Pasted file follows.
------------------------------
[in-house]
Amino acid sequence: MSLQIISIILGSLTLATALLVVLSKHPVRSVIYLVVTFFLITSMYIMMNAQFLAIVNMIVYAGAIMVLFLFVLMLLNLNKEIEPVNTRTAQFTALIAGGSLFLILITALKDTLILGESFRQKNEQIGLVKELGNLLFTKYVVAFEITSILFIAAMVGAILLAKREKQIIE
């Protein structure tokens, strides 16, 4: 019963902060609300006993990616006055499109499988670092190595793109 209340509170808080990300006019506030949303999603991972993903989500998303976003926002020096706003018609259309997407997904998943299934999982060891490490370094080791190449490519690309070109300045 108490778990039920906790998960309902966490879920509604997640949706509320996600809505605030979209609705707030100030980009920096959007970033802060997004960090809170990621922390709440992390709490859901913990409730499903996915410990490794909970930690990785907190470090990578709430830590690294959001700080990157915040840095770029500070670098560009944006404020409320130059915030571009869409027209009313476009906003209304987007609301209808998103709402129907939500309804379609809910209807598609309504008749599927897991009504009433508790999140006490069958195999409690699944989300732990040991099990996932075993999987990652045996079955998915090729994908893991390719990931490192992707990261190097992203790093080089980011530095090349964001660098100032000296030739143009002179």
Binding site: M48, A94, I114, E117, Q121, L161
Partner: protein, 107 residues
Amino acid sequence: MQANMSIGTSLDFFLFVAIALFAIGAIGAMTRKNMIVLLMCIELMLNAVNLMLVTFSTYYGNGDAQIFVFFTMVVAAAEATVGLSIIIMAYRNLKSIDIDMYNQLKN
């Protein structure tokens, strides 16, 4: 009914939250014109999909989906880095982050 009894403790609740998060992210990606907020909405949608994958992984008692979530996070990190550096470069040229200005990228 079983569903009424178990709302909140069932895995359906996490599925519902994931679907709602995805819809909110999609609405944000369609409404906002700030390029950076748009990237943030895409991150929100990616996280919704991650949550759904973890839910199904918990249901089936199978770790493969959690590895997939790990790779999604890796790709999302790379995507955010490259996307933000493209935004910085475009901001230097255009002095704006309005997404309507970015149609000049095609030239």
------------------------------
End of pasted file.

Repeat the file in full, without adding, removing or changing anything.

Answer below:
[in-house]
Amino acid sequence: MSLQIISIILGSLTLATALLVVLSKHPVRSVIYLVVTFFLITSMYIMMNAQFLAIVNMIVYAGAIMVLFLFVLMLLNLNKEIEPVNTRTAQFTALIAGGSLFLILITALKDTLILGESFRQKNEQIGLVKELGNLLFTKYVVAFEITSILFIAAMVGAILLAKREKQIIE
């Protein structure tokens, strides 16, 4: 019963902060609300006993990616006055499109499988670092190595793109 209340509170808080990300006019506030949303999603991972993903989500998303976003926002020096706003018609259309997407997904998943299934999982060891490490370094080791190449490519690309070109300045 108490778990039920906790998960309902966490879920509604997640949706509320996600809505605030979209609705707030100030980009920096959007970033802060997004960090809170990621922390709440992390709490859901913990409730499903996915410990490794909970930690990785907190470090990578709430830590690294959001700080990157915040840095770029500070670098560009944006404020409320130059915030571009869409027209009313476009906003209304987007609301209808998103709402129907939500309804379609809910209807598609309504008749599927897991009504009433508790999140006490069958195999409690699944989300732990040991099990996932075993999987990652045996079955998915090729994908893991390719990931490192992707990261190097992203790093080089980011530095090349964001660098100032000296030739143009002179």
Binding site: M48, A94, I114, E117, Q121, L161
Partner: protein, 107 residues
Amino acid sequence: MQANMSIGTSLDFFLFVAIALFAIGAIGAMTRKNMIVLLMCIELMLNAVNLMLVTFSTYYGNGDAQIFVFFTMVVAAAEATVGLSIIIMAYRNLKSIDIDMYNQLKN
């Protein structure tokens, strides 16, 4: 009914939250014109999909989906880095982050 009894403790609740998060992210990606907020909405949608994958992984008692979530996070990190550096470069040229200005990228 079983569903009424178990709302909140069932895995359906996490599925519902994931679907709602995805819809909110999609609405944000369609409404906002700030390029950076748009990237943030895409991150929100990616996280919704991650949550759904973890839910199904918990249901089936199978770790493969959690590895997939790990790779999604890796790709999302790379995507955010490259996307933000493209935004910085475009901001230097255009002095704006309005997404309507970015149609000049095609030239």